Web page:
With profound gratitude to health care workers and researchers, let us keep them in our daily prayers along with those suffering from this virus, all the sick, and our government leaders who are making such critical decisions for the public good at this time. Let us also remember to pray for those who are suffering materially as a result of the impact the current pandemic is having on the economy. Let us turn to our beautiful Blessed Mother, who unceasingly comes to the aid of her children in times of distress such as this. I invite you to join me in praying daily this prayer to Our Lady of Guadalupe, composed by the President of the United States Conference of Catholic Bishops, Archbishop José Gómez of Los Angeles:
Holy Virgin of Guadalupe, Queen of the Angels and Mother of the Americas. We fly to you today as your beloved children. We ask you to intercede for us with your Son, as you did at the wedding in Cana.
Pray for us, loving Mother, and gain for our nation and world, and for all our families and loved ones, the protection of your holy angels, that we may be spared the worst of this illness.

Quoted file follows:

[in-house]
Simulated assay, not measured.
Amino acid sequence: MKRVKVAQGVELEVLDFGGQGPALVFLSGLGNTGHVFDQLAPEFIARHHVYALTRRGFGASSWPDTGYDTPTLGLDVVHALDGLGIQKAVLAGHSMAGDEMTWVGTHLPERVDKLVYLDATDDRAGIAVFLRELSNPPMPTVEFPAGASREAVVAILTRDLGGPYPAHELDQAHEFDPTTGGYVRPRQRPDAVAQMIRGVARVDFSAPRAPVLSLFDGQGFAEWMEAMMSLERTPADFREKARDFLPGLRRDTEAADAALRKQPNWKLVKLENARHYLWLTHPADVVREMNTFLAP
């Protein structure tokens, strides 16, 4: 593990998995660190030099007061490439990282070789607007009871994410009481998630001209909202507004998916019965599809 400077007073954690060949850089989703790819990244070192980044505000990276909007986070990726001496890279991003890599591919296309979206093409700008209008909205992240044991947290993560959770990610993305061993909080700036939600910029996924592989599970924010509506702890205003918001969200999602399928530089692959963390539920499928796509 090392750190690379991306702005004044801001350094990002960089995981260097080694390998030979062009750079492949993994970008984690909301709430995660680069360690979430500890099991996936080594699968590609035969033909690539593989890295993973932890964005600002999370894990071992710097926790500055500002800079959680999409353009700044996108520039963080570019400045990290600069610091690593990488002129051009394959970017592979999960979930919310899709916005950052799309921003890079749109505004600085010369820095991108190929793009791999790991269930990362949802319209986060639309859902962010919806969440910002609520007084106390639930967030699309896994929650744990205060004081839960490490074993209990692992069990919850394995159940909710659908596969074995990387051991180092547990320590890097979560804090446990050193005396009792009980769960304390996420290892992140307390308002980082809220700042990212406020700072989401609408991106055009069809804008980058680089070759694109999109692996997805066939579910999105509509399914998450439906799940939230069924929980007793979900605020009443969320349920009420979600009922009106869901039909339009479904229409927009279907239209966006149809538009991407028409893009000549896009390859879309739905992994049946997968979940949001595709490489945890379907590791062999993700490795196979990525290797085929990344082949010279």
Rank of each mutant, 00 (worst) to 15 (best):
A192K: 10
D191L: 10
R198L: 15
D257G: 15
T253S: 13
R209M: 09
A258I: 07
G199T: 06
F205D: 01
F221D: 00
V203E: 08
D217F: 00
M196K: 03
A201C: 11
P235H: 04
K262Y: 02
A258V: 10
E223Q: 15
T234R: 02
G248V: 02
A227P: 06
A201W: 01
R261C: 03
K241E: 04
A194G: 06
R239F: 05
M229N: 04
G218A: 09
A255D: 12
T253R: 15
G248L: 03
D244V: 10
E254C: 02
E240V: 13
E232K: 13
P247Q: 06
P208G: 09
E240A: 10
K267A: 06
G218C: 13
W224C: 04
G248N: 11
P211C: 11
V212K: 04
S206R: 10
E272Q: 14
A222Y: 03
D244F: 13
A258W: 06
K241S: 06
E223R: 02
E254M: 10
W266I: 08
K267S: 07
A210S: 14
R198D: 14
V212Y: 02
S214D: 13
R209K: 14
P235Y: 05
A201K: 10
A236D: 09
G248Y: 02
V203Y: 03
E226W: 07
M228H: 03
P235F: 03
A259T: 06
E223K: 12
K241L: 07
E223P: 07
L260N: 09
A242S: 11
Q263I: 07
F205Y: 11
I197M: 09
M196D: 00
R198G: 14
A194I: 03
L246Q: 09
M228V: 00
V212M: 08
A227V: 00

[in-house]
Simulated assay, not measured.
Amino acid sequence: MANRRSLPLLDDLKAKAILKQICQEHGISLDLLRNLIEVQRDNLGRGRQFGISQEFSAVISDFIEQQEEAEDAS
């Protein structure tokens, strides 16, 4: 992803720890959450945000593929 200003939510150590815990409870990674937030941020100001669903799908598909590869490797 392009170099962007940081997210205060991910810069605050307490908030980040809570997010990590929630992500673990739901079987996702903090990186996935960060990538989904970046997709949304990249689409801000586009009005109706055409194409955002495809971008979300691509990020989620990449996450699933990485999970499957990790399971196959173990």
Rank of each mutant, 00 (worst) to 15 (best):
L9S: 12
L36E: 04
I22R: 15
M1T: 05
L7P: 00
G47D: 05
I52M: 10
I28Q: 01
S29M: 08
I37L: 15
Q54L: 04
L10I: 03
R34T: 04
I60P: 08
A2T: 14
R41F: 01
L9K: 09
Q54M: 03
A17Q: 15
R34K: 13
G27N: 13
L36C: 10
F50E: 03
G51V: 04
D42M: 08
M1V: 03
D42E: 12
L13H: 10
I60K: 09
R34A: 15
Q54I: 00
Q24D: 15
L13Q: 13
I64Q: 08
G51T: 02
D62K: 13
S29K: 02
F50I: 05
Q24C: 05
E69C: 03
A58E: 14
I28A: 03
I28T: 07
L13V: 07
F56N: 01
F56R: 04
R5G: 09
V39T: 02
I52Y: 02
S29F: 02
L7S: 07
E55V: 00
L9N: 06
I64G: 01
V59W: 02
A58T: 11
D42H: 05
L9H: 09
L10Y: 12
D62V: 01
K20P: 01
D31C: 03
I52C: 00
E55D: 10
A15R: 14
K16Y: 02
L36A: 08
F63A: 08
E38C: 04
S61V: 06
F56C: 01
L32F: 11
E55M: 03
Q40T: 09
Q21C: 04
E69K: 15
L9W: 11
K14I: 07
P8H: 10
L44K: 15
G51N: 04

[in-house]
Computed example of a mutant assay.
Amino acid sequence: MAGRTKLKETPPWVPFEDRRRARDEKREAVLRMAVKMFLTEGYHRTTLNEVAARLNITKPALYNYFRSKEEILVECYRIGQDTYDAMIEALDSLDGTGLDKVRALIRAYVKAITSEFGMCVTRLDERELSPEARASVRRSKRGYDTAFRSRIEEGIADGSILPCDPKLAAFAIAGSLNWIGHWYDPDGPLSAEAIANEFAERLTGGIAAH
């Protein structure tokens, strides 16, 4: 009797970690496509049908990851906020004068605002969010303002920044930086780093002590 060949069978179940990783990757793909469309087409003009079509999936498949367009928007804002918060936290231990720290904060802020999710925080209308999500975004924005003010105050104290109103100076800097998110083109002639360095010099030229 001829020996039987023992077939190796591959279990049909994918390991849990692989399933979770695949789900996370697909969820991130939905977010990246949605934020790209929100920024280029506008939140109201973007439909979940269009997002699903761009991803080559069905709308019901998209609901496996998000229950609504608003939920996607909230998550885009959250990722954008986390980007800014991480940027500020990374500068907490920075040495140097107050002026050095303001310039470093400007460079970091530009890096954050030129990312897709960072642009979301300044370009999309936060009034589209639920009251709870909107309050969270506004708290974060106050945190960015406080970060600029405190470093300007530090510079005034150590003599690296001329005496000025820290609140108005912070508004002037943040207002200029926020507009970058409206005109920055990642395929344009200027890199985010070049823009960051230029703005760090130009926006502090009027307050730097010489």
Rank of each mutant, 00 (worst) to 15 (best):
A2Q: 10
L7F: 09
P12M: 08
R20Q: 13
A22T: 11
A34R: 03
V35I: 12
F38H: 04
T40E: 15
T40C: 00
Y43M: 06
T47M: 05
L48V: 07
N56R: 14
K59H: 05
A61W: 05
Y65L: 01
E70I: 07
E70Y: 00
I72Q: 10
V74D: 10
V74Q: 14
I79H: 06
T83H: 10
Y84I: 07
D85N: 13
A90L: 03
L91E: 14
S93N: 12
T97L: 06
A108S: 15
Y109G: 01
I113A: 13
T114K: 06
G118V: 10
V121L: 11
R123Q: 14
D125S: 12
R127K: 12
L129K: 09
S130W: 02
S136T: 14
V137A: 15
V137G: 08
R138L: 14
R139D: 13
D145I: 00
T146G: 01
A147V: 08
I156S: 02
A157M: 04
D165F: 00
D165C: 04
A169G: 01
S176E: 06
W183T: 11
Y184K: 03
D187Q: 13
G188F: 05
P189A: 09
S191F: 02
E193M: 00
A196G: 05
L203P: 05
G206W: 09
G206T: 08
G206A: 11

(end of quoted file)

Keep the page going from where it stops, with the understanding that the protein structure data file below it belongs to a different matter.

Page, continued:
For those already afflicted, we ask you to obtain the grace of healing and deliverance. Hear the cries of those who are vulnerable and fearful, wipe away their tears and help them to trust.
In this time of trial and testing, teach all of us in the Church to love one another and to be patient and kind. Help us to bring the peace of Jesus to our land and to our hearts.
We come to you with confidence, knowing that you truly are our compassionate mother, health of the sick and cause of our joy.
Shelter us under the mantle of your protection, keep us in the embrace of your arms, help us always to know the love of your Son, Jesus. Amen.